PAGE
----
patients first have tried other conservative measures. This type
of sympathectomy is no longer considered controversial in regards to
hypotension and retrograde ejaculation. The development of
retrograde ejaculation, inability to maintain erection and
hypertension as a result of this surgery appears to be rare to
non-existent; journal articles describing the technique and case
reports suggest that none of 18 men undergoing the procedure at two
separate surgical units experienced sexual disability following
surgery, while no mention is made of hypertension or sexual
disabilities occurring in female patients.
Percutaneous sympathectomy is a related minimally invasive procedure
similar to the botulinum method, in which the nerve is blocked by an
injection of phenol. The procedure allows for temporary relief
in most cases. Some medical professionals advocate the use of this
more conservative procedure before the permanent surgical
Iontophoresis was originally described in the 1950s, although the
exact mode of action remains elusive. The affected area is
placed in a device that has two pails of water with a conductor in
each one. The hand or foot acts like a conductor between the
positively- and negatively-charged pails. As the low current passes
through the area, the minerals in the water clog the sweat glands,
limiting the amount of sweat released. Some people[who?] have seen
great results while others[who?] see no effect. The device can be
painful (pain is usually limited to small wounds and over time the
body adjusts to the procedure) and the process is time-consuming.
The device is usually used for the hands and feet, but there has
been a device[clarification needed] created for the axillae (armpit)
area and for the stump region of amputees.
Prognosis and impact
Hyperhidrosis can have physiological consequences such as cold and
clammy hands, dehydration, and skin infections secondary to
maceration of the skin. Hyperhidrosis can also have devastating
emotional effects on one’s individual life.
Affected people are constantly aware of their condition and try to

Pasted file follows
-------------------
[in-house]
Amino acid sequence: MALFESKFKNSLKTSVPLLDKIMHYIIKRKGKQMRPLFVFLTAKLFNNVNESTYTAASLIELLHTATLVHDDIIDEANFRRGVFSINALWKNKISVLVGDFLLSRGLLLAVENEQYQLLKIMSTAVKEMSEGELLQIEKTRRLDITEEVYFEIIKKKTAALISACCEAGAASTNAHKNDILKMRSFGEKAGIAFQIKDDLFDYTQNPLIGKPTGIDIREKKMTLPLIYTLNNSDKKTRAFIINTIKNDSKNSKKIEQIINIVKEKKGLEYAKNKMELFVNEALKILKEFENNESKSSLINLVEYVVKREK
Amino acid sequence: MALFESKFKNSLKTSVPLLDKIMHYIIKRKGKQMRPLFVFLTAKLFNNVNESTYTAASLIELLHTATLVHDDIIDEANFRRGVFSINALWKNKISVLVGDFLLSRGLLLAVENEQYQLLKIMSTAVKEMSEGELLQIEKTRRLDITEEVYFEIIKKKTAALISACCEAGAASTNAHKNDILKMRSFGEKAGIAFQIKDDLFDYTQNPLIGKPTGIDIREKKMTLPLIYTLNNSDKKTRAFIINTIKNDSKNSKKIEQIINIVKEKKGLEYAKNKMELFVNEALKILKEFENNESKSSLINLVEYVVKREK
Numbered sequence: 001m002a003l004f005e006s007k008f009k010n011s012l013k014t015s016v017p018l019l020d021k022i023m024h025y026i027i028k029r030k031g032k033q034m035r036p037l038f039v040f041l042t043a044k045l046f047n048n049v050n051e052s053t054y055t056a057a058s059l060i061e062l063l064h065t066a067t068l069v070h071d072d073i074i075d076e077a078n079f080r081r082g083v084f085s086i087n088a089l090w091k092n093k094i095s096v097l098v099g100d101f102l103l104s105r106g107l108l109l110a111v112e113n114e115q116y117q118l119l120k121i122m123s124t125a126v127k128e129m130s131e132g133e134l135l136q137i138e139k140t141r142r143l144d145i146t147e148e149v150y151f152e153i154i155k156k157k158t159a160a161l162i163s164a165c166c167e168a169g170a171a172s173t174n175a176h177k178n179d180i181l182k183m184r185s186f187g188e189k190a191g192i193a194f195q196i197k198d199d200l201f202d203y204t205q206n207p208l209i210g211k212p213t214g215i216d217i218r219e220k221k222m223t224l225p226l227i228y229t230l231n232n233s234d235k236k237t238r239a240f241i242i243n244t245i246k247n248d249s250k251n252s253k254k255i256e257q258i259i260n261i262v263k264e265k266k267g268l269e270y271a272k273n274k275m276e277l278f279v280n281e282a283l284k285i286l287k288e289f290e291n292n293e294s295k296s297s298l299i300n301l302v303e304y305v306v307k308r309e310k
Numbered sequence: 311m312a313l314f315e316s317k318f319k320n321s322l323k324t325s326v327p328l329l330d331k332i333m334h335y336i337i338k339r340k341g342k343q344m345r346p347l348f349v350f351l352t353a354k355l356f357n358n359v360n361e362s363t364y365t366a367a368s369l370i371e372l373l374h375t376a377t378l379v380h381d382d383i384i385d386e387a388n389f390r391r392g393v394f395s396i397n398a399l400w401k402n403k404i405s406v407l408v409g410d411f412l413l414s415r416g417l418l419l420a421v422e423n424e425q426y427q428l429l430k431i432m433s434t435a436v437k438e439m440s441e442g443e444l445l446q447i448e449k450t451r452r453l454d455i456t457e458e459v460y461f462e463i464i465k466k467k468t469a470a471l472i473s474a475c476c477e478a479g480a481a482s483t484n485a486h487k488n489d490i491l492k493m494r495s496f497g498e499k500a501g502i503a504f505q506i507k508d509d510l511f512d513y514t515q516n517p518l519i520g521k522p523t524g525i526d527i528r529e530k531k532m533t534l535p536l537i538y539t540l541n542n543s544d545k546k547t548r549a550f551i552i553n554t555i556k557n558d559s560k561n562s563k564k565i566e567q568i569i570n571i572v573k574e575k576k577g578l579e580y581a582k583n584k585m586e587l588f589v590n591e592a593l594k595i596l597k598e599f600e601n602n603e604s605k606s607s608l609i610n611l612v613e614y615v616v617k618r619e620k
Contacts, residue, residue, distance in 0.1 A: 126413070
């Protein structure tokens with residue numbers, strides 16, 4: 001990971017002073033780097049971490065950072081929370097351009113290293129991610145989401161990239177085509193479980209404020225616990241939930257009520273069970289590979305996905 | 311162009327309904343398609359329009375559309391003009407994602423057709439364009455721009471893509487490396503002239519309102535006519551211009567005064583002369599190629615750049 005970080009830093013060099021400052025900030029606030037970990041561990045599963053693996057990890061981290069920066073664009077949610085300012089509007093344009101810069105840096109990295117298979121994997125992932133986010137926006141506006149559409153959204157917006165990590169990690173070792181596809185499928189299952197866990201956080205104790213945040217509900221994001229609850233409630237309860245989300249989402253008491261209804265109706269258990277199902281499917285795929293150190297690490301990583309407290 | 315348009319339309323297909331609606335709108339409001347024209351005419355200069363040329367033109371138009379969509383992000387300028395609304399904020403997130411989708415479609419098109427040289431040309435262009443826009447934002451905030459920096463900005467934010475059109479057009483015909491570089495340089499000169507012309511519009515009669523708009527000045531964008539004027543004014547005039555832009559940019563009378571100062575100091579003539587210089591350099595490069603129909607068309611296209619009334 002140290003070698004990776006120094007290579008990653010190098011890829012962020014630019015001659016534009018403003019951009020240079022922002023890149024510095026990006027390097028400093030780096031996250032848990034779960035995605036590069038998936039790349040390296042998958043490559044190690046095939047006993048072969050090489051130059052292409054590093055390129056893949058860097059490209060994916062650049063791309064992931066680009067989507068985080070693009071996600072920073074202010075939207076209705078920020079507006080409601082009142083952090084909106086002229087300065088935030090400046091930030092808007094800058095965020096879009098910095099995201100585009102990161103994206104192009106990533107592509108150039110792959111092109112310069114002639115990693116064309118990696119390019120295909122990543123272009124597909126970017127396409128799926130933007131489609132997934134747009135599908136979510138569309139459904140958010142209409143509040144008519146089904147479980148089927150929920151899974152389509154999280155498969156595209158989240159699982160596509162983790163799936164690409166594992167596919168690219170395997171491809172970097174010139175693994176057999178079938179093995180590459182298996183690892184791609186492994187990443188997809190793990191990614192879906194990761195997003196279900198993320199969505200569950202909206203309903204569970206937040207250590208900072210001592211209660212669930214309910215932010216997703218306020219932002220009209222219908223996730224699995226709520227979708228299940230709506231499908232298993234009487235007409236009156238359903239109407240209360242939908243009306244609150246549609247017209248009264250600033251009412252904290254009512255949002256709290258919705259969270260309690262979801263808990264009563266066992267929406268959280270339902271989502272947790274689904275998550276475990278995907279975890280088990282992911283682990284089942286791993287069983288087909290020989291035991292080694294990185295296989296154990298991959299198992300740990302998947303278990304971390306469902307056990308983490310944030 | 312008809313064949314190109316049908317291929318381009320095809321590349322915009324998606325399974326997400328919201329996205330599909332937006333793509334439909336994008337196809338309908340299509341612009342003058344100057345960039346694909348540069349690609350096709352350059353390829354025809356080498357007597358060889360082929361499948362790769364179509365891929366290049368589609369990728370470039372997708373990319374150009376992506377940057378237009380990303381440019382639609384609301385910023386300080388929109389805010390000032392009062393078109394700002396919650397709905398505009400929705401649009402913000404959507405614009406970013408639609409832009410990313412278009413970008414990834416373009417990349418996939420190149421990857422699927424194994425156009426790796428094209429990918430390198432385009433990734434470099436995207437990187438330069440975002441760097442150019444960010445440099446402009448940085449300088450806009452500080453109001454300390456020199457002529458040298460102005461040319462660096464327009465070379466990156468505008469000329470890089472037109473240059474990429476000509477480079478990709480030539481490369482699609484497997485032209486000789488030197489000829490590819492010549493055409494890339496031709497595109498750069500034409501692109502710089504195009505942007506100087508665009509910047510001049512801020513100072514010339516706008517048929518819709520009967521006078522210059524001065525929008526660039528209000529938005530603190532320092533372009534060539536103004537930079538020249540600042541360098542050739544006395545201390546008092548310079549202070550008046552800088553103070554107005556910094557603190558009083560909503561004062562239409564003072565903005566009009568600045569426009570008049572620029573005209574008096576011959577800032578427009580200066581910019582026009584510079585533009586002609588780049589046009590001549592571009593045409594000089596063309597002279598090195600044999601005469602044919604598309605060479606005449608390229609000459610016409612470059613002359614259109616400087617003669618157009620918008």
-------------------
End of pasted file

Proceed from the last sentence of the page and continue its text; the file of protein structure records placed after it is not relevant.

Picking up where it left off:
modify their lifestyle to accommodate this problem. This can be
disabling in professional, academic and social life, causing
embarrassments. Many routine tasks become impossible chores, which
can psychologically drain these individuals.
Excessive sweating or focal hyperhidrosis of the hands interferes
with many routine activities, such as securely grasping objects.
Some focal hyperhidrosis sufferers avoid situations where they will
come into physical contact with others, such as greeting a person
with a handshake. Hiding embarrassing sweat spots under the armpits
limits the sufferers' arm movements and pose. In severe cases,
shirts must be changed several times during the day. Additionally,
anxiety caused by self-consciousness to the sweating may aggravate
the sweating. Excessive sweating of the feet makes it harder for
patients to wear slide-on or open-toe shoes, as the feet slide
around in the shoe because of sweat.
Some careers present challenges for hyperhidrosis sufferers. For
example, careers that require the deft use of a knife may not be
safely performed by people with excessive sweating of the hands. The
risk of dehydration can limit the ability of some sufferers to
function in extremely hot (especially if also humid) conditions.
Even the playing of musical instruments can be uncomfortable or
difficult because of sweaty hands.
Focal hyperhidrosis is estimated at 2.8% of the population of the
United States. It affects men and women equally, and most
commonly occurs among people aged 25–64 years. Some may have been
affected since early childhood. About 30–50% have another family
member afflicted, implying a genetic predisposition.
In 2006, researchers of Saga University in Japan reported that
primary palmar hyperhidrosis locus maps to 14q11.2–q13.